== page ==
At most, Cameron and Kirchner will get from the Pope calls for goodwill and reciprocal empathy, but never an endorsement of the political points they aim at scoring with their domestic audiences.
Years ago, I attended Mass at the Catholic Cathedral in Port Stanley before proceeding to tea and biscuits with the congregation. We may not have agreed on politics, but we had more important things to share, in line with the calls for reconciliation made by John Paul II during his visit to Argentina and Great Britain in 1982. His views were echoed by the then Archbishop of Canterbury, Dr Robert Runcie.
Perhaps Cameron and Kirchner should read what they both said, rather than trying to impose their own political agenda on the Pope.
Now that President Cristina Kirchner of Argentina has fellow citizen Pope Francis on her side to take back the Falklands, what should we expect from them next? If they decide to invade again, it’s quite apparent that we no longer have the military strength, the allied support or political leadership to defend the islands as we did in 1982. And I can’t see that the recent referendum, in which the residents voted to remain British, will serve as any deterrent.
The geographical location is an obvious reason why the Argies want to reclaim the Malvinas so dearly. But the bigger motivation is the presence of oil. So with this in mind, and to avert another conflict that would cost more lives of our brave servicemen and women plus many millions of pounds we don’t have, I propose we sell the Falklands to Buenos Aires. Considering it has the potential to produce hundreds of millions of barrels of oil, it’s got to be worth a nice chunk of change.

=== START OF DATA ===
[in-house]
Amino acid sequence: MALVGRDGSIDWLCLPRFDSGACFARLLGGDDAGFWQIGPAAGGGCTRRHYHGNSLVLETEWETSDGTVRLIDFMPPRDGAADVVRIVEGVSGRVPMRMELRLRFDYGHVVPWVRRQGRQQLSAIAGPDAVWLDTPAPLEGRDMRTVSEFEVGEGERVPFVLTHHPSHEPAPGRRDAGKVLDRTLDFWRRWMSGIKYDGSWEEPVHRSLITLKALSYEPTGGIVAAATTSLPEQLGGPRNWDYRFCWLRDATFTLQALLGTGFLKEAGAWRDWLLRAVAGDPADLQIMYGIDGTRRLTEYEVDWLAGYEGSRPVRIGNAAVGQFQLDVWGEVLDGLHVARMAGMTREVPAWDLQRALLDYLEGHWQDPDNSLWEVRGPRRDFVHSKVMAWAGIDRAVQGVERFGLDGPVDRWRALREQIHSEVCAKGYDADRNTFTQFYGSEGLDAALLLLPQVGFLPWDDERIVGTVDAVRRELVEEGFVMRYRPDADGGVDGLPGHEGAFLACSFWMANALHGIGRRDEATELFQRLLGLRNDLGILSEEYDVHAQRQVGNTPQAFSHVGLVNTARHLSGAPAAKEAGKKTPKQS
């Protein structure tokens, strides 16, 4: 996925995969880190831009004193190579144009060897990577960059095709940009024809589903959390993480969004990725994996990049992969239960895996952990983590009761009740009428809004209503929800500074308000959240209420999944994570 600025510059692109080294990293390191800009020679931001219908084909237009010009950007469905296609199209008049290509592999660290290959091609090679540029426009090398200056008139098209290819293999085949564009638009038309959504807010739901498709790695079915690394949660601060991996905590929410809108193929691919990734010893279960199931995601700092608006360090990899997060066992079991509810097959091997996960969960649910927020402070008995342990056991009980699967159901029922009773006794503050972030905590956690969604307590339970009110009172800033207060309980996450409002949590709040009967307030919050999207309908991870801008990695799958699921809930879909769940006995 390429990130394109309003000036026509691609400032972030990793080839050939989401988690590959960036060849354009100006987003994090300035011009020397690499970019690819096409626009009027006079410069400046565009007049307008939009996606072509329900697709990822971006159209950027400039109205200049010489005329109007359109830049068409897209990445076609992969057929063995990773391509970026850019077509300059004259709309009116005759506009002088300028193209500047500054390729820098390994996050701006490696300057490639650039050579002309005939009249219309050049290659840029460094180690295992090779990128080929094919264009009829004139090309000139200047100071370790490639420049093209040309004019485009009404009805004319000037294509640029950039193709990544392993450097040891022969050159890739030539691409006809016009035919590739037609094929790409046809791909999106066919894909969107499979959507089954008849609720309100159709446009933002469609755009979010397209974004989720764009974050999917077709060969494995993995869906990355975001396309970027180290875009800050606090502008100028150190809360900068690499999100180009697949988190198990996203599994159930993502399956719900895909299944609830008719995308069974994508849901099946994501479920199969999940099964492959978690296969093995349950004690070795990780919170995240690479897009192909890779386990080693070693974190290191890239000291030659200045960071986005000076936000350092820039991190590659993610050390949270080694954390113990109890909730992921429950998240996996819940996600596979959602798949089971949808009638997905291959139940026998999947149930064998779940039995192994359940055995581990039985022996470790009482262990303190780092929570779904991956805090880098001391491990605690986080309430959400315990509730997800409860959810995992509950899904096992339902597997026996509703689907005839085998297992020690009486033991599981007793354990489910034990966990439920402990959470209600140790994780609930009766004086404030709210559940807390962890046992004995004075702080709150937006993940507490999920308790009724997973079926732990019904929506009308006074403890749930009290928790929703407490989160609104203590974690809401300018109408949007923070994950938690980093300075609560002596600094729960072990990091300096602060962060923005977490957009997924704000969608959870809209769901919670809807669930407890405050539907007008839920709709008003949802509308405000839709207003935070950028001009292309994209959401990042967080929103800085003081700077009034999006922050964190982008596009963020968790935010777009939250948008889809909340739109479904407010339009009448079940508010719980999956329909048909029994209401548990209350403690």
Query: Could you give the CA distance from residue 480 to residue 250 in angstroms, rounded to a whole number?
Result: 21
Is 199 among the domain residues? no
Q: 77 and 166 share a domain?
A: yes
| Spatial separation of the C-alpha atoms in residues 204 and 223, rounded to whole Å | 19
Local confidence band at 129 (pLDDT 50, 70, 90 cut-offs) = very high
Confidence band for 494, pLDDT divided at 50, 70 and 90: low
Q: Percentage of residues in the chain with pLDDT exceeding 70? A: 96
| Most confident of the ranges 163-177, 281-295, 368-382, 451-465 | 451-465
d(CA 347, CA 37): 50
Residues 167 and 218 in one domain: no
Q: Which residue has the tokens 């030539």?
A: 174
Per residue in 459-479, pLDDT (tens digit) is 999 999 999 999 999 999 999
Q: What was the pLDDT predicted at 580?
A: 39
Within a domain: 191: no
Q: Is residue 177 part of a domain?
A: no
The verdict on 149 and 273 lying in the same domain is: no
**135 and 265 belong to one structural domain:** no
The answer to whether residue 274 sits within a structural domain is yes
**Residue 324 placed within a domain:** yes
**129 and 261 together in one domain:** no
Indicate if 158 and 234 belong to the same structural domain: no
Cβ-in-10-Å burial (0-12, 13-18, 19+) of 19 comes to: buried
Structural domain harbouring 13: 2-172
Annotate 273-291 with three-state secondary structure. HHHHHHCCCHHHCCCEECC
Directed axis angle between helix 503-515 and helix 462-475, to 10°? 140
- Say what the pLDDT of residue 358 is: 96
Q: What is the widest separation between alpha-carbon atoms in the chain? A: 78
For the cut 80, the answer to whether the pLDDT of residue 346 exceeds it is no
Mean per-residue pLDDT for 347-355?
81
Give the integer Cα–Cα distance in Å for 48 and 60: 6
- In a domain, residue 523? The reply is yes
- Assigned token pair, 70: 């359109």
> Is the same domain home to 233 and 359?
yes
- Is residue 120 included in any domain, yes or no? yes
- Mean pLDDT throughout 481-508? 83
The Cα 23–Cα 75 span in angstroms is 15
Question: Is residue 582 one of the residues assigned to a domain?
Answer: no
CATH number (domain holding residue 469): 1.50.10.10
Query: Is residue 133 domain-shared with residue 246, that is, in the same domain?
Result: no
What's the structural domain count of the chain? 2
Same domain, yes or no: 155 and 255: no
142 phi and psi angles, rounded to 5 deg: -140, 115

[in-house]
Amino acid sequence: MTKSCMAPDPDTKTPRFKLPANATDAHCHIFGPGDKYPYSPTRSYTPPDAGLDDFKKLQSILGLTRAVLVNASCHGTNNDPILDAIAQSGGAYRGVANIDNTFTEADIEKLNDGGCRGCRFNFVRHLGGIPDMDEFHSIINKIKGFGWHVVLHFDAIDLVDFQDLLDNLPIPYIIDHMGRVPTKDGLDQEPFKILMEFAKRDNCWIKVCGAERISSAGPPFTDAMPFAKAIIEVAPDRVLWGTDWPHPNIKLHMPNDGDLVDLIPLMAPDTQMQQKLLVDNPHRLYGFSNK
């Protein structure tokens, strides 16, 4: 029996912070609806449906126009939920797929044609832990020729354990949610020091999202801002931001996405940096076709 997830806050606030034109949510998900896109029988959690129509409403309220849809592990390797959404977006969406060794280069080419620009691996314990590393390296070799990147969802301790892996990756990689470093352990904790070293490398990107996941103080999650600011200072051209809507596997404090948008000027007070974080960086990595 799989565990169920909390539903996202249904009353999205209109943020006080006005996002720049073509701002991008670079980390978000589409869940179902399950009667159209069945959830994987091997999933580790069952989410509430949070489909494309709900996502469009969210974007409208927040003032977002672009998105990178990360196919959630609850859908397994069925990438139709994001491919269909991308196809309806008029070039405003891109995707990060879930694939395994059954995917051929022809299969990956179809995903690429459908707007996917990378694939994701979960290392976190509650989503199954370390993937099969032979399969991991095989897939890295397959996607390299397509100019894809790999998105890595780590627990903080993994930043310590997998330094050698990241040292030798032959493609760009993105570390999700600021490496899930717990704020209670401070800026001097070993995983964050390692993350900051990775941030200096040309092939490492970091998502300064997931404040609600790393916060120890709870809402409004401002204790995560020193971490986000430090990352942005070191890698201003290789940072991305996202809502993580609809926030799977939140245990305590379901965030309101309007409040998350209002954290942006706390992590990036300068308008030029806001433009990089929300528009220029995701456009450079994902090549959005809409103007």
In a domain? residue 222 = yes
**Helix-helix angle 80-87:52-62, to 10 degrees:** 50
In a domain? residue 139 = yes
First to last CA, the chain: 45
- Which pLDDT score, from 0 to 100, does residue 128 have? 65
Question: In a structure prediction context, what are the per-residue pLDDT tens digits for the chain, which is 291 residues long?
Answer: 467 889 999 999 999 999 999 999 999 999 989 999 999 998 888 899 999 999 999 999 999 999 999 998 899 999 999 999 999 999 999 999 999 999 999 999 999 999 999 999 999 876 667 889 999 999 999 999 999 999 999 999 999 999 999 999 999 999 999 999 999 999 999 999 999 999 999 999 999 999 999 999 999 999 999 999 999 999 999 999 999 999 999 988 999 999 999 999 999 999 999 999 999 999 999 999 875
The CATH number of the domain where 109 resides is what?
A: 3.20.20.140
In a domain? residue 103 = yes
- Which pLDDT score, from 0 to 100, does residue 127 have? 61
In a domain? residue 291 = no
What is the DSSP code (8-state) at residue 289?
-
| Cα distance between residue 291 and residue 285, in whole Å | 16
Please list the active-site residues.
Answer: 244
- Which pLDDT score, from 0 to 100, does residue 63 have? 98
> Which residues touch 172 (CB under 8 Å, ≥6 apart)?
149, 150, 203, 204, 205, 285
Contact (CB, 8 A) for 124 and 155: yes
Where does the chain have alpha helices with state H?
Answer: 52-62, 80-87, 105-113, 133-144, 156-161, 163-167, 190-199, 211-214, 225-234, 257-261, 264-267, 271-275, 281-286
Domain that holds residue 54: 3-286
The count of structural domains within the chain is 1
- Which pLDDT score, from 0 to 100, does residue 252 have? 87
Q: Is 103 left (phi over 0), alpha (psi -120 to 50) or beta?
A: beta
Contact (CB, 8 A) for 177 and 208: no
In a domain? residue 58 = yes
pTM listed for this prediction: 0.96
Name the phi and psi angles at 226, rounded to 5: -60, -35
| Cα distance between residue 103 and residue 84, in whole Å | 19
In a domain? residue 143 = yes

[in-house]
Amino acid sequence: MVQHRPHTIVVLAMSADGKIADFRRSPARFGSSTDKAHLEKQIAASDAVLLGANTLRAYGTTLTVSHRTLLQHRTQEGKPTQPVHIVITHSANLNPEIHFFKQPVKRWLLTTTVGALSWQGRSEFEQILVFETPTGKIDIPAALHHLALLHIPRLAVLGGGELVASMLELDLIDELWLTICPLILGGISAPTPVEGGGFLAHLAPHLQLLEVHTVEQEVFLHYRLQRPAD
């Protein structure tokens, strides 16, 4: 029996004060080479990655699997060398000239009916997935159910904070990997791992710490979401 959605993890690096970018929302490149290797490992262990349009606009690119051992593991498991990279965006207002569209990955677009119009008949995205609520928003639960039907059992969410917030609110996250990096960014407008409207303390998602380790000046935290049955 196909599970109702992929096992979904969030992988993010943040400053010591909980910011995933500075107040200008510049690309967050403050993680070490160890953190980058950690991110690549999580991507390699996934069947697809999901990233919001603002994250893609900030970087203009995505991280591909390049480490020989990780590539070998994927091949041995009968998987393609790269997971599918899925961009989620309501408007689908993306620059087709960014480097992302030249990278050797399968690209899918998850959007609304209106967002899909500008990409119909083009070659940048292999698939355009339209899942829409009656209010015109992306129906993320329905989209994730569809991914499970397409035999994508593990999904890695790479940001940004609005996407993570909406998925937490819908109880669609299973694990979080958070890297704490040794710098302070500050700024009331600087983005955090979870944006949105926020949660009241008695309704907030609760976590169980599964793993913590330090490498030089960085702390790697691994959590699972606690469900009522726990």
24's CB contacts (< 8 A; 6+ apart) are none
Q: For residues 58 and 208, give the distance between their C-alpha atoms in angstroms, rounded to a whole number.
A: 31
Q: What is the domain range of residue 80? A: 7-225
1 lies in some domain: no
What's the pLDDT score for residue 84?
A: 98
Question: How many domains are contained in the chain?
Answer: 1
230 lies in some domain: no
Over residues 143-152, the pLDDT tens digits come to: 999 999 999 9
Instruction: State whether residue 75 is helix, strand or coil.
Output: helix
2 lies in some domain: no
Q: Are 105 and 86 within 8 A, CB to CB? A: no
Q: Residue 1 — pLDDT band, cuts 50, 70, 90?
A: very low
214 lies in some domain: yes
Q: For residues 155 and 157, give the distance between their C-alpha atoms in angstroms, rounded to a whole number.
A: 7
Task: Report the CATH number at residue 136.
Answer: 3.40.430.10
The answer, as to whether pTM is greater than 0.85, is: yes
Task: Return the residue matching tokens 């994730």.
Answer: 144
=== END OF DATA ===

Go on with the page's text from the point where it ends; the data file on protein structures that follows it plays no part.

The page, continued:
I’d give each Falklands family £500,000 to relocate to the UK, and use the rest to pay off the national debt.
So the Argentine President wants the new Pope to intervene in her country’s dispute with us over the Falklands. Someone needs to tell her we’ve not been listening to him for more than 400 years.
Women’s prizes still needed
It is not the Orange Prize that is “sexist”, but rather a literary industry that makes it necessary for half of its members to create a gender-specific award that recognises their achievements (Leading article, 12 March). Men-only book prizes do not exist simply because there is no need for them. A perfunctory look at winners of major literary prizes over recent decades speaks volumes about who the real losers are.
As you rightly suggest, “sustained pressure on judges of ‘mainstream’ prizes to overcome their prejudices” is key to narrowing the gender gap; but not sufficient itself to resolve the problem either. Consider, for instance, the Forward Poetry Prize, which had an all-male shortlist in 2011. In line with affirmative action measures, the Orange Prize is a remedy of sorts, not indeed the solution to a much wider social problem. Again, consider the all-male shortlist for the BBC Sports Personality of the Year 2011. The new Women’s Prize for Fiction must therefore remain so until such time as it is no longer needed.
Dr Christina Julios
Sent to school with no breakfast